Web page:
WMG: Studio 60 on the Sunset Strip
Studio 60 on the Sunset Strip
Tim Batale is a real personThe singer claimed that narcotics made her confuse real and imaginary conversations. But even if we accept that and apply it to Matt, she never mentioned creating entirely imaginary people and thinking they were real. Therefore, there really was a Tim Batale working for Studio 60. It's just that the weirder conversations with him were Matt's imagination, and Tim was too stoned to show up for the group photo.
NBS shut down shortly after the series finaleBecause the writers started the FCC plotline and never resolved it.
NBS is what the Du Mont Network would have become if it had survived to the present dayBecause it has too long a history to be an upstart - it was around during blacklist season - and because it competes with networks that also exist in Real Life. NBC exists, FOX exists...
- Corollary: the world of Studio 60 still has studio-owned movie theaters.
- I'm pretty sure that Studio 60 mentions being in the old Du Mont theater at least once in the series.
In the show's world, the US never invaded Iraq.As you'd expect from Sorkin, there was lots of discussion of the War on Terror and US politics in general on the show. So it's odd that neither Iraq or any location within Iraq was ever mentioned. The simple explanation is that in the show's world, the US invaded Afghanistan but not Iraq. We already know it's an alternate history, with the NBS network and the history of the studio. When Jack rages about "fighting two wars" he's referring to Afghanistan and somewhere other than Iraq that the US is fighting.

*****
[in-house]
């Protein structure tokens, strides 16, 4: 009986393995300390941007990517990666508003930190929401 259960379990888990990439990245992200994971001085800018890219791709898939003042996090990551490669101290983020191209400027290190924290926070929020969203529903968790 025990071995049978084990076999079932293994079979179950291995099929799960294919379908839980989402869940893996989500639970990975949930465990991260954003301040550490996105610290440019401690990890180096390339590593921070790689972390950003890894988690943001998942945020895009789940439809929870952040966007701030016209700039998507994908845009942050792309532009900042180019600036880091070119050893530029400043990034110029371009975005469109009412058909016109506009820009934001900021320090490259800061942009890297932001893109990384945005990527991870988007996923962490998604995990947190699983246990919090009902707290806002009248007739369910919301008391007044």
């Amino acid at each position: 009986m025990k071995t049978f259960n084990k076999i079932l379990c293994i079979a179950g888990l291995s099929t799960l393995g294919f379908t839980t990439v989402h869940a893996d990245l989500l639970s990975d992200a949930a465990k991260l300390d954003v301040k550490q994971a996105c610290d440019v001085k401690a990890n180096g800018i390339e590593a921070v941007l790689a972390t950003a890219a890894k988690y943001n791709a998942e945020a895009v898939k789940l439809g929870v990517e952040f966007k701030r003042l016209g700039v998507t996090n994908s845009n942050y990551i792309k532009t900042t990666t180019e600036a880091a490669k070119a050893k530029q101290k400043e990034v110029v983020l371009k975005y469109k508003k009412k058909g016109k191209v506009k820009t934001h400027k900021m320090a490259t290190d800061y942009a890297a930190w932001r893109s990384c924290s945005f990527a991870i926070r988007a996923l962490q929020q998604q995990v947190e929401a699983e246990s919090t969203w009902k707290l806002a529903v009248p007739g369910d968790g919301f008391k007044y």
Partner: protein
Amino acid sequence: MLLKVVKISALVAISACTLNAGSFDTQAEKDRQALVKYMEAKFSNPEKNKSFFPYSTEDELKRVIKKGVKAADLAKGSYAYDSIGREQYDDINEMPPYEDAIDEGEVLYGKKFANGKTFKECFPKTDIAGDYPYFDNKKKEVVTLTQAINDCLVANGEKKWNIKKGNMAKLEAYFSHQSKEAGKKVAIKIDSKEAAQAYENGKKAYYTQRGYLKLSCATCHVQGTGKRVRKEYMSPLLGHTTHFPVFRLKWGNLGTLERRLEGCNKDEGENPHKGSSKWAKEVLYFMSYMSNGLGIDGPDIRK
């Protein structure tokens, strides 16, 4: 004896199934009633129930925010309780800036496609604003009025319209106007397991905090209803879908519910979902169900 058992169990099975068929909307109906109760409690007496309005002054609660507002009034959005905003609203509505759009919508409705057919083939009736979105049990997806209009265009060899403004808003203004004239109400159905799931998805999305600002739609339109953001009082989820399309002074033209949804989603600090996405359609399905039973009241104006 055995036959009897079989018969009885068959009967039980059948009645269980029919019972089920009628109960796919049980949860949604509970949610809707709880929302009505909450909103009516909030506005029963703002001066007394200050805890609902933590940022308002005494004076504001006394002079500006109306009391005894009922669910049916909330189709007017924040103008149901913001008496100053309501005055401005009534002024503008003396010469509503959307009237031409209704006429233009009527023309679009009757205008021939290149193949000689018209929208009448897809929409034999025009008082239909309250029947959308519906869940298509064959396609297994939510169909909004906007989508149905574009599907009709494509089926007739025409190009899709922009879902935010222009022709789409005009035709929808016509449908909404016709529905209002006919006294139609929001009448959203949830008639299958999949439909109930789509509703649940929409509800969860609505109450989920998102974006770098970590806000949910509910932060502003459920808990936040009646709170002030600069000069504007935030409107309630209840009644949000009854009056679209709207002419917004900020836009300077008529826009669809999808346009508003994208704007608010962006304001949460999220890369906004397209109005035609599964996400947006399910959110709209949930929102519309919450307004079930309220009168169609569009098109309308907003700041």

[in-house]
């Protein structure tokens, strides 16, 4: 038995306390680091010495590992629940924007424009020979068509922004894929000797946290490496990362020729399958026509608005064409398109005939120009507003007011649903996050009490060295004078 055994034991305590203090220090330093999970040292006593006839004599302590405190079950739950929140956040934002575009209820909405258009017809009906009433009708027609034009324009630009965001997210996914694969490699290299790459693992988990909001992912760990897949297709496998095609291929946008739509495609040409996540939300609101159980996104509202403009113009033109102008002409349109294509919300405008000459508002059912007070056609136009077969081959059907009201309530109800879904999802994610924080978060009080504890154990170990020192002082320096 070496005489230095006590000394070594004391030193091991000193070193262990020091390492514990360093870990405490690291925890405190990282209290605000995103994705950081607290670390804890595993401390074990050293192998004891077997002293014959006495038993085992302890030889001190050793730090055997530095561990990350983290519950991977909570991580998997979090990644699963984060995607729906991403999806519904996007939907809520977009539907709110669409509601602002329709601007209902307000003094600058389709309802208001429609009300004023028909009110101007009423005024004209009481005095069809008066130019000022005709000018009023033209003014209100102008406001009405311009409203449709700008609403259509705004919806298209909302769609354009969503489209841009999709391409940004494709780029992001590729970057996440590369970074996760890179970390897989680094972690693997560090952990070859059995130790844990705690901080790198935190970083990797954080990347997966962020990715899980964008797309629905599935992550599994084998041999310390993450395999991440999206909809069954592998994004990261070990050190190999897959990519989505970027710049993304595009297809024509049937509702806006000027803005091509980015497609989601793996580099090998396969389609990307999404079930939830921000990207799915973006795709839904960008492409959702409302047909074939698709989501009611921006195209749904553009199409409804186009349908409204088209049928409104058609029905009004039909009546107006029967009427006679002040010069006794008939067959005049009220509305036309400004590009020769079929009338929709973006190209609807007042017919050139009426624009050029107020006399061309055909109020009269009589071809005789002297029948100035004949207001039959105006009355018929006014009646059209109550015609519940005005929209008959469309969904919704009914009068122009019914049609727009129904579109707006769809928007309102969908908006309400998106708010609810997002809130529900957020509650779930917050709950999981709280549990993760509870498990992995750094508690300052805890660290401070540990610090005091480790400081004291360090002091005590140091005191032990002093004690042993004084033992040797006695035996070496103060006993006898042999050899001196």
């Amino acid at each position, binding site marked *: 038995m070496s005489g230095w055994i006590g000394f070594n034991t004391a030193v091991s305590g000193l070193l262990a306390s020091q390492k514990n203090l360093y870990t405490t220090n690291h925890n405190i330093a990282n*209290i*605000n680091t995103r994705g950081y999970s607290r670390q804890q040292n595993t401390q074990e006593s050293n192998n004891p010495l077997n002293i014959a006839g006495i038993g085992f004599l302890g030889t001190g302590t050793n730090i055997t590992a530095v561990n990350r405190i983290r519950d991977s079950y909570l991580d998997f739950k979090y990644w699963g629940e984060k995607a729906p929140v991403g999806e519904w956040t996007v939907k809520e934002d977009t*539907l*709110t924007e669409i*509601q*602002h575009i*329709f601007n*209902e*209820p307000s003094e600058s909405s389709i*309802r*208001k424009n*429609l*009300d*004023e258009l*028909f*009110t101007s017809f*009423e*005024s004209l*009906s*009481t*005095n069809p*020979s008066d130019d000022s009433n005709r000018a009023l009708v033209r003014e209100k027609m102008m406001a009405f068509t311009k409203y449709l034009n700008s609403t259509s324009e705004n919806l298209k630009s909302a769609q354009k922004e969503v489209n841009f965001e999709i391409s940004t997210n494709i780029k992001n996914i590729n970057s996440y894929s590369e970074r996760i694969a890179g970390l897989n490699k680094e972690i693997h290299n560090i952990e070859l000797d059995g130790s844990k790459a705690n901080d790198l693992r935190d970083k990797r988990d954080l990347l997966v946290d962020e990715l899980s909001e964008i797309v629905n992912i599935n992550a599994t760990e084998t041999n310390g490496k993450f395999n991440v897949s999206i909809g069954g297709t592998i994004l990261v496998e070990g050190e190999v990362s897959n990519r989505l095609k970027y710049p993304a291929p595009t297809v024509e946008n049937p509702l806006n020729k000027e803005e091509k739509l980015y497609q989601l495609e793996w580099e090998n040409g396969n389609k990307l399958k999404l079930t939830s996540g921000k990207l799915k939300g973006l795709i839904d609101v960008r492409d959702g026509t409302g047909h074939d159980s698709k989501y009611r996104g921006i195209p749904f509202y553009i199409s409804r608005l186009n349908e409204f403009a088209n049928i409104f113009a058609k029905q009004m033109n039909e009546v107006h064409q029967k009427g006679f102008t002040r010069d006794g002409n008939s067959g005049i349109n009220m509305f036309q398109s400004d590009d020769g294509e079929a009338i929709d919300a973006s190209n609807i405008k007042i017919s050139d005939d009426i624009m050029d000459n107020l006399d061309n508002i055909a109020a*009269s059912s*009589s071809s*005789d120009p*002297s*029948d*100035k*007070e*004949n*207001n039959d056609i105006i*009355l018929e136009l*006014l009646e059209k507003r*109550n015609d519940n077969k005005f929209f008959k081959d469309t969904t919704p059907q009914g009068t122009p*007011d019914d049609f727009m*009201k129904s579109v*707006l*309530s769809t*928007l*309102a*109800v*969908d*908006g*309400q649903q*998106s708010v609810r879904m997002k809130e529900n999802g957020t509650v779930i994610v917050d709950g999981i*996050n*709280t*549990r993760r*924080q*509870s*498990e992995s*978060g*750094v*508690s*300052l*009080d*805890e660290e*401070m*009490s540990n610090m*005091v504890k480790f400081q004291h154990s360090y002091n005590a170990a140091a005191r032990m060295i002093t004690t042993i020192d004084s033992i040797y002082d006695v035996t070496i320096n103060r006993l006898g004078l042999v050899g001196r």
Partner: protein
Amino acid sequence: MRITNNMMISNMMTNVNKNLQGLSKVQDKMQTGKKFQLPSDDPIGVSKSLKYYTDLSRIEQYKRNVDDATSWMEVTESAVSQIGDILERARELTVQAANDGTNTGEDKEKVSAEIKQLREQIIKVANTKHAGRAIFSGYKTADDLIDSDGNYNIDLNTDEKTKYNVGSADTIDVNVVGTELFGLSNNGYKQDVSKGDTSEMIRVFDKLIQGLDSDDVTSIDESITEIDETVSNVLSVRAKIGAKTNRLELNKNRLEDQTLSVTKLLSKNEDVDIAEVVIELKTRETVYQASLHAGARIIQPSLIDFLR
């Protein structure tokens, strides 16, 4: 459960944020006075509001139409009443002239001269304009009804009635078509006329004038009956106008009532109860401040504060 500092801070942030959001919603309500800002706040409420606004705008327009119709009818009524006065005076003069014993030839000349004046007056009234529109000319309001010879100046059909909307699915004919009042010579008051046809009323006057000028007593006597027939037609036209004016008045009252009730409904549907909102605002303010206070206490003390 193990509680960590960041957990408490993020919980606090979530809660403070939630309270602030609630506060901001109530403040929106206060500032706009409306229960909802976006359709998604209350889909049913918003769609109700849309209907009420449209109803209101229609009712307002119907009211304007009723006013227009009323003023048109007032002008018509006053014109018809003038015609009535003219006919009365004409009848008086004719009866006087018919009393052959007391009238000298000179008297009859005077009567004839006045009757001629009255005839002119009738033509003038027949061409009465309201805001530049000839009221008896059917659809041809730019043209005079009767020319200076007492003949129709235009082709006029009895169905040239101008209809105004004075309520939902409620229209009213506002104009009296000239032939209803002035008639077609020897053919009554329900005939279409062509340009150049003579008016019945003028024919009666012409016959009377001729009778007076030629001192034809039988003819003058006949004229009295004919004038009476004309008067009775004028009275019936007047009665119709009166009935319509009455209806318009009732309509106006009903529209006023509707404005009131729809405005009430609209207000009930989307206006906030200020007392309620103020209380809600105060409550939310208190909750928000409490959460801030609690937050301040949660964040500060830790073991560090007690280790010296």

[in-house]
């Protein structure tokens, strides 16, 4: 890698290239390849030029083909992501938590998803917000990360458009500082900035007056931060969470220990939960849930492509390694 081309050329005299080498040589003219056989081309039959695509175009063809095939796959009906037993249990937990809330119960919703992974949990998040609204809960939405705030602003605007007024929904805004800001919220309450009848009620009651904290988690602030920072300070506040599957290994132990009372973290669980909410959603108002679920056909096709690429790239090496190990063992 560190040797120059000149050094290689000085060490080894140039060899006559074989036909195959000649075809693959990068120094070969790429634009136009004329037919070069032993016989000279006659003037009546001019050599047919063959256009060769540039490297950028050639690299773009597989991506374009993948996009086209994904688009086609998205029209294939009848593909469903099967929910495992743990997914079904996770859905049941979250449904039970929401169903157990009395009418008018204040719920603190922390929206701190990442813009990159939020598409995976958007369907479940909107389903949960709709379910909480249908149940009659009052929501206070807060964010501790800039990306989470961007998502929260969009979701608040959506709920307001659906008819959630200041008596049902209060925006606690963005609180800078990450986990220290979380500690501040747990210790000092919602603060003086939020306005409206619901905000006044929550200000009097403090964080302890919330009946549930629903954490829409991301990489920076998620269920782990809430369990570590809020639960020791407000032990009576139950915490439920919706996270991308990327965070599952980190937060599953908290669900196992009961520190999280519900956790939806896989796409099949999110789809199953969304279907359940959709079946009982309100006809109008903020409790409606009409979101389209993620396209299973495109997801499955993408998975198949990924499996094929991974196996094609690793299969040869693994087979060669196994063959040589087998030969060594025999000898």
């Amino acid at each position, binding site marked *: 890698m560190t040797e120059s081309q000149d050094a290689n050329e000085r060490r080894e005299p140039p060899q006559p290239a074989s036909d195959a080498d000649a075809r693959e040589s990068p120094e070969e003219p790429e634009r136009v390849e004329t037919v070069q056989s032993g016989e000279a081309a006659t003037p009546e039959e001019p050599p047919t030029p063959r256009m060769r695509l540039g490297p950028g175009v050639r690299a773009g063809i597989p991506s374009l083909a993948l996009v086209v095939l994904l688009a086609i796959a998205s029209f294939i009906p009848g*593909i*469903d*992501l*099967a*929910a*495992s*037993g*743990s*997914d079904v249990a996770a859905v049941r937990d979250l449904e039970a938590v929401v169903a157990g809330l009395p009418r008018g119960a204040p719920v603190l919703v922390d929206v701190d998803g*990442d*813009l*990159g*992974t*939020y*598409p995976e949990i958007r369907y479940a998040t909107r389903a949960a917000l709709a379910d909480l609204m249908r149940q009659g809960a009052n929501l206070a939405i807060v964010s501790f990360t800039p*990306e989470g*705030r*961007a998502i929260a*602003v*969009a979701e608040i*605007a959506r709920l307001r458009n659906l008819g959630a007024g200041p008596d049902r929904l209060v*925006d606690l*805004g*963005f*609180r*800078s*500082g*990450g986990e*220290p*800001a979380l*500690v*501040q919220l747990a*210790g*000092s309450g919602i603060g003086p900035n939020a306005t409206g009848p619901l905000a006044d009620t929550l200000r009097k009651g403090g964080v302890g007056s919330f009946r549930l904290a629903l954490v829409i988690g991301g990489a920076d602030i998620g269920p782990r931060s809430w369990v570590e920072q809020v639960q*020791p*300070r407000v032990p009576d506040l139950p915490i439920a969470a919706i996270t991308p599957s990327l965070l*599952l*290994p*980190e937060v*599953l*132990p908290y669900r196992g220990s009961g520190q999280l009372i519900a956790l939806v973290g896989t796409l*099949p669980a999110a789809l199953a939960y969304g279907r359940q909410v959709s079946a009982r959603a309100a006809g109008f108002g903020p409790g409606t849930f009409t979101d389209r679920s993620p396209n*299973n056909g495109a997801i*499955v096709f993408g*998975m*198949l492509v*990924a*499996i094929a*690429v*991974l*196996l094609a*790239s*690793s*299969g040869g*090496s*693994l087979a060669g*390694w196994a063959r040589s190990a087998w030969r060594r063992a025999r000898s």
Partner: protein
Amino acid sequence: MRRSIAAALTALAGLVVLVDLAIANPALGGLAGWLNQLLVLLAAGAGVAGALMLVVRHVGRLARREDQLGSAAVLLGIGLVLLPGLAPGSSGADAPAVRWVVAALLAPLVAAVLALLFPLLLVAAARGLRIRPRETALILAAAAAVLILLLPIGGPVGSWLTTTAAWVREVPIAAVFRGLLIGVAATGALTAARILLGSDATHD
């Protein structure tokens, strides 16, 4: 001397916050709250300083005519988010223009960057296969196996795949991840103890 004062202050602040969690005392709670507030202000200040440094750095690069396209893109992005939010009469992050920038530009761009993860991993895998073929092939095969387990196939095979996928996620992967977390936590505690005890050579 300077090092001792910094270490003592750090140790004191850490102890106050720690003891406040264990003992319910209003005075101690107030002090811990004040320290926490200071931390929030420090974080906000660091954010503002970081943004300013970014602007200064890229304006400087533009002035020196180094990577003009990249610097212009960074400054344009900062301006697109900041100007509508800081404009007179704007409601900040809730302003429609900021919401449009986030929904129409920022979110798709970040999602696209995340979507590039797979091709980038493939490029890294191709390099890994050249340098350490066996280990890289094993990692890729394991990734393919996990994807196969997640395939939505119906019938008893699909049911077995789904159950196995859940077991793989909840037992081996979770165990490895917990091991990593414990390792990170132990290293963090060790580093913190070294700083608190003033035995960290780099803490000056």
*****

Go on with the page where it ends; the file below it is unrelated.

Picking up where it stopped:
- Ya had me until the last sentence... if there is another war going on, and they haven't made any references to that one, how is the situation any different?
The show is set in the same world as the Watchmen movie"NBS" is the network in the Watchmen movie's viral advertising. After the end of Watchmen, history continued on a course that resulted in a world almost identical to our own.
Matt is a time traveller.Matt is the only one who remembers Tim Batale (who was clearly erased by the Crack) and looks exactly the same age in the flashbacks as he does in the 'now'.
The sketches aren't as bad as we think.Or at least not as bad as the ones before Matt Albie showed up. The series begins with the guy in charge of Studio 60 having a nervous breakdown on air and lambasting all of television because the one sketch he liked got cut. And after Matt takes over writing, people say the Show Within a Show is "the best its been in years." Maybe Studio 60 was just so abysmal before that the mediocre sketches we see are gold compared to what Studio 60 aired in the years we're not shown.